Tim Mackintosh-Smith Martin Yeoman
- Title: Hall of a Thousand Columns
- Author: Tim Mackintosh-Smith Martin Yeoman
- ISBN: 9780719565878
- Page: 195
- Format: Paperback
Born in 1304, Ibn Battutah left his native Tangier as a young scholar of law over the 30 years that followed he visited most of the known world between Morocco and China In this enchanting travelogue, Tim Mackintosh Smith retraces one leg of the Moroccan s journey the dizzy ladders and terrifying snakes of his Indian career as a judge and hermit, courtier and prisoner,Born in 1304, Ibn Battutah left his native Tangier as a young scholar of law over the 30 years that followed he visited most of the known world between Morocco and China In this enchanting travelogue, Tim Mackintosh Smith retraces one leg of the Moroccan s journey the dizzy ladders and terrifying snakes of his Indian career as a judge and hermit, courtier and prisoner, ambassador and castaway From the plains of Hindustan to the plateaus of the Deccan and the lost ports of Malabar, an India far off the beaten path of Taj and Raj glittering and grotesque but genuine is revealed here.
Recent Comments "Hall of a Thousand Columns"
Author certainly has a way with words - puns that might be come off as "over the top" from others work brilliantly here! Terrific overview of current, and historical India, but, I'd recommend reading Tangerine first (if possible) for context.
Making history was a favourite pastime of Indian rulers, but writing it was never even a hobby. As the Hindu rulers fell one by one against the invading Islamic might, things changed. Muslim nobles and courtiers produced journals and panegyrics of their patrons. This was a period in which travelers through the land recorded their observations. Ibn Battutah (1304 – 69) was a noted Moroccan religious scholar and world traveler, who visited India during the reign of Muhammed Shah Tughluq and stay [...]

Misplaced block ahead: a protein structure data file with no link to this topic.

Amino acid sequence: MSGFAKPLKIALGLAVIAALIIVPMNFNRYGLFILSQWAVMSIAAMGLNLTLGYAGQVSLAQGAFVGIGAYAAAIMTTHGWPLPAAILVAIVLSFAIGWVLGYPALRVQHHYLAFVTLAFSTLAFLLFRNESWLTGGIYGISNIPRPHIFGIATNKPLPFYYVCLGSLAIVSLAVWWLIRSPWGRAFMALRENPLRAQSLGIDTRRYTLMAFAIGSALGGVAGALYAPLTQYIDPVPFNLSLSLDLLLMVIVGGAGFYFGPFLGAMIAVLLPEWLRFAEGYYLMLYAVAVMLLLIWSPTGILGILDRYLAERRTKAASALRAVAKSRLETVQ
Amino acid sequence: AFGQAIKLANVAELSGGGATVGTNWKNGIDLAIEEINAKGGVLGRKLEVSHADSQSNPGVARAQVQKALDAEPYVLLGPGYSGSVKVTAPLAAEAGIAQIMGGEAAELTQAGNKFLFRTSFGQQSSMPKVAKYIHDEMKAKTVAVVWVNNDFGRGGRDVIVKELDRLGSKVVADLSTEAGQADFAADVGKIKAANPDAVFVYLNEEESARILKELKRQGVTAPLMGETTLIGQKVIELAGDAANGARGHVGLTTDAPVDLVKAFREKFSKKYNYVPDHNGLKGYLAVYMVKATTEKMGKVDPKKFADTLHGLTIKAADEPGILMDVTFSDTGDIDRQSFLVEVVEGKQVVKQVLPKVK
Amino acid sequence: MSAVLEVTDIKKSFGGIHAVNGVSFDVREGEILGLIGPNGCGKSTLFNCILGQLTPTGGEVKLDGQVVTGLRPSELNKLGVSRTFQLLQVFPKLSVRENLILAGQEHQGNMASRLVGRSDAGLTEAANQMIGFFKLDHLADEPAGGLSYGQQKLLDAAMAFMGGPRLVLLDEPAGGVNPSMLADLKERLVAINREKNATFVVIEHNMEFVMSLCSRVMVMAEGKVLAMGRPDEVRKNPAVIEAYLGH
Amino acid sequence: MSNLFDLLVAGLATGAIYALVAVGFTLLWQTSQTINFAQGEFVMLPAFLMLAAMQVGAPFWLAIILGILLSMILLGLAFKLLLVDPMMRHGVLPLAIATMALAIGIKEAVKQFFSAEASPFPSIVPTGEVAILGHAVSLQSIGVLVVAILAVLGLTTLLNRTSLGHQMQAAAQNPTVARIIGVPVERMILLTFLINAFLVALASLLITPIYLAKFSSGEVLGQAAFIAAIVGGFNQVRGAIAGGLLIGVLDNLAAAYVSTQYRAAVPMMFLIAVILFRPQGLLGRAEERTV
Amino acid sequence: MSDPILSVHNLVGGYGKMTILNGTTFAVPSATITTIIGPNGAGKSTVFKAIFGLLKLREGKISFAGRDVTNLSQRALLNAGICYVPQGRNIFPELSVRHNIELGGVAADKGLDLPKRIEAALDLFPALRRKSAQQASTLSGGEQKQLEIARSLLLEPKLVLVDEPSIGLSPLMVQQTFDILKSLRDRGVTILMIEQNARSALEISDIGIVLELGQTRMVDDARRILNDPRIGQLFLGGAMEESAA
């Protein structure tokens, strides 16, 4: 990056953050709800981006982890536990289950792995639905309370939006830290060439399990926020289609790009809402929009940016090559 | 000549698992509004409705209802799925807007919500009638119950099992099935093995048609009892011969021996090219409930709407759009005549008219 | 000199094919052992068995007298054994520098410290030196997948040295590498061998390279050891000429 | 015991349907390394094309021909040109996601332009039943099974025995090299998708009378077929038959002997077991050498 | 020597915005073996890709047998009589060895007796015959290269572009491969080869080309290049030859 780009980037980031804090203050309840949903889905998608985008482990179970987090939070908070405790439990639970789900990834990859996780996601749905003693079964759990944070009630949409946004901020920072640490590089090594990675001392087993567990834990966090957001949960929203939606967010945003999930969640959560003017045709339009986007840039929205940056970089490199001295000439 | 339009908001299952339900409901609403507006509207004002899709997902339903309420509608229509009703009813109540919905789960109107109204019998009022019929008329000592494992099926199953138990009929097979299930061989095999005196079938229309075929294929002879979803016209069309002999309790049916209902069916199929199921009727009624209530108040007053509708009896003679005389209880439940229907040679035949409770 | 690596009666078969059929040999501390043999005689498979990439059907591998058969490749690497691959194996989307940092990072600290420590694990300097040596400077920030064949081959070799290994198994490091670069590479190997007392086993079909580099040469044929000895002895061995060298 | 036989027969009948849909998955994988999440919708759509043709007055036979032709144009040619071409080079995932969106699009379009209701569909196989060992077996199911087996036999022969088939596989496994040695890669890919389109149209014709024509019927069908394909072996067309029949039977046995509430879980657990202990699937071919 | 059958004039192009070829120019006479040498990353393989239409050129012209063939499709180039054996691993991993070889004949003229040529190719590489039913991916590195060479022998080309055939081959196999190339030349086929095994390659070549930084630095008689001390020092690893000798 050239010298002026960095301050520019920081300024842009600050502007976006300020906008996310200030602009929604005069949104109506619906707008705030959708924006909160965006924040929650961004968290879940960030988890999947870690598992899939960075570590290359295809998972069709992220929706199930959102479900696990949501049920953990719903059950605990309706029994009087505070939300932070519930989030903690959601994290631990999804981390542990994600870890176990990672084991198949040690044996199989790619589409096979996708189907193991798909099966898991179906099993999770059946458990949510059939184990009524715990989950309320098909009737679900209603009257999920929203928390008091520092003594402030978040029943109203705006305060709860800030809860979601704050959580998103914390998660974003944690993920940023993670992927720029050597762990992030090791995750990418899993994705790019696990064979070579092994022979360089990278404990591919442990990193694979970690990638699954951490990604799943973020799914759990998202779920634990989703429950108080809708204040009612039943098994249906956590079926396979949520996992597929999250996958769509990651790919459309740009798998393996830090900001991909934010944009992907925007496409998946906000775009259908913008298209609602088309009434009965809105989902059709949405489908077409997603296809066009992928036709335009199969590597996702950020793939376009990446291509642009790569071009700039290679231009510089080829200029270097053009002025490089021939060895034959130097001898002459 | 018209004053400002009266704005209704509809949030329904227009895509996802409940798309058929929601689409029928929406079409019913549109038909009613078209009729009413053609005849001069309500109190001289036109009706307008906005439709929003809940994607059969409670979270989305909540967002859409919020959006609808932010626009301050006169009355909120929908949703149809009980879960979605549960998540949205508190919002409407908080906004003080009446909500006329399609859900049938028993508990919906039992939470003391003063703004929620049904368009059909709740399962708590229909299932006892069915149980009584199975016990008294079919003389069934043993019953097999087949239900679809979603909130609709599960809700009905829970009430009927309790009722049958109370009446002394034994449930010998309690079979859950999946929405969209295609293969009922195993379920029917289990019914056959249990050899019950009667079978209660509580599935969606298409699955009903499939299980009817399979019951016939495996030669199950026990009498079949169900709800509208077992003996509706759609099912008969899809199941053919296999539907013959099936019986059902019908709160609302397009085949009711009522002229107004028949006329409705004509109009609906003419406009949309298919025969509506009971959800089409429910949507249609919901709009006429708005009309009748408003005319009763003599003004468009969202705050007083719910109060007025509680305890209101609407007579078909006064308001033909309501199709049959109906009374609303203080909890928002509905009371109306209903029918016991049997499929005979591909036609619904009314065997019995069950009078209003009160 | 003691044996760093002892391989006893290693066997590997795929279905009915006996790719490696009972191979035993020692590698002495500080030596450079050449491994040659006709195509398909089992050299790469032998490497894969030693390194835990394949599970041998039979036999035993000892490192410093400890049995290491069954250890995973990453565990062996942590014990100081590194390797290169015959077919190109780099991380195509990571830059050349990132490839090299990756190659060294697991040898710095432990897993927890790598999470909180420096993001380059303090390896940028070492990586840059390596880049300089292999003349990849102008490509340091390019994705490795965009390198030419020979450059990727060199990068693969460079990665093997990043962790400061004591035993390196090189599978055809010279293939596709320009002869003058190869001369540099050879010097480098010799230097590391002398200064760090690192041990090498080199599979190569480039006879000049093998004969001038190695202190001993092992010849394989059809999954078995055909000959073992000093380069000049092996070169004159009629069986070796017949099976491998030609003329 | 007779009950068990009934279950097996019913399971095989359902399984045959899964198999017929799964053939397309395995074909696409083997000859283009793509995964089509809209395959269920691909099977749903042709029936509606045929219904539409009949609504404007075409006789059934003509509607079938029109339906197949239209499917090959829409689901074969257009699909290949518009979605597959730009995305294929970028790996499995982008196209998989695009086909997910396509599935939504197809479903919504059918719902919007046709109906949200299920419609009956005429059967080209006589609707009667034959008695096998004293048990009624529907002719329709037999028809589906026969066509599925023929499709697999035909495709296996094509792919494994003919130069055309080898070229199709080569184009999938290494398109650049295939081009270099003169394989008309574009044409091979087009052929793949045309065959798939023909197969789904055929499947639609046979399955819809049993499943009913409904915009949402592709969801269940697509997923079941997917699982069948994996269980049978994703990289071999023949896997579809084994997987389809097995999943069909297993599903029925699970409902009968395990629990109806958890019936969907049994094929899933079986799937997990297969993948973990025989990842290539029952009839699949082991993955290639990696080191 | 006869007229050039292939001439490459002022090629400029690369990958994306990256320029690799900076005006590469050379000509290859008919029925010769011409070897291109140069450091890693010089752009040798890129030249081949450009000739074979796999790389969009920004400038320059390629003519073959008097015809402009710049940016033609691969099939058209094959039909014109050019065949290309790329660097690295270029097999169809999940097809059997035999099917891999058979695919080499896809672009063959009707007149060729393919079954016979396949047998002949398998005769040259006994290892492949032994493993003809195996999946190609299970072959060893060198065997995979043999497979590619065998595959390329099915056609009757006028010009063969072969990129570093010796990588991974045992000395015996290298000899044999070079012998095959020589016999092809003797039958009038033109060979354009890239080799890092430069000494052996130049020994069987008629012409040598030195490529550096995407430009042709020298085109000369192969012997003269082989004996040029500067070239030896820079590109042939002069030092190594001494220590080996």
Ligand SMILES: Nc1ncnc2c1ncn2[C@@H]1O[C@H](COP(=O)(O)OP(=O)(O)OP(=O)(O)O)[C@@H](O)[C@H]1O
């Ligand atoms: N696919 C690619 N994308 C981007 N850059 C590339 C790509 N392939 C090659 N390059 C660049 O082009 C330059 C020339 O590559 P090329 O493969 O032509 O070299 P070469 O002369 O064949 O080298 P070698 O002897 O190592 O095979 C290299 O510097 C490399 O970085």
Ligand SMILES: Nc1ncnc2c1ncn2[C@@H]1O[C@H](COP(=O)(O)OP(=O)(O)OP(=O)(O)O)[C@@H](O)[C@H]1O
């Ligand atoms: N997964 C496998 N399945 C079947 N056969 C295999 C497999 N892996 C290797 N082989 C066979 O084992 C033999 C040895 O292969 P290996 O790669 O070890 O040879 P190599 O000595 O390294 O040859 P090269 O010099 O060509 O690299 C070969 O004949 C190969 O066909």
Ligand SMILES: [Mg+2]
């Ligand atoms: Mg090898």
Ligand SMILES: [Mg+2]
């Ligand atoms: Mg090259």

Following on from his Travels with a Tangerine: A Journey in the Footnotes of Ibn Battutah, this second installment deals with Ibn Battutah's travels in India.The first third of the book takes place in Delhi, there Battutah spent 7 years as a Judge, and was then made an Ambassador to China, so he sets off again on a journey. Through Uttar Pradesh, then Madhya Pradesh, before doubling back to Gujarat. The author follows this route, then when Battutah sailed via Goa to Kerala, from where they depa [...]
It's taken me forever to get round to reading this follow-up travelogue from Tim Mackintosh-Smith, the author of the marvellous Travels With A Tangerine, but I'm so glad I did. The author has a beautiful way with language, as well as a dry sense of humour and a knack of observing the little details that bring a rich, vibrant quality to his tales. I found this book harder going than his travels round Arabia and the Levant; I rather suspect this was the case both for the author and for Ibn Battuta [...]
Ibn Batutah, the famous fourteenth century traveller, left an extensive travelogue of his travels. However, by his own account, he was writing out of memory, since his notes of his travels were lost on his return journey as were all the treasures and memorabilia he had collected over the 3o years of his travels. The author of this book, retraces, IB's journey, or rather parts of it (and not always in the same direction!).Unlike kings and emperors who left many monuments, inscriptions etc of thei [...]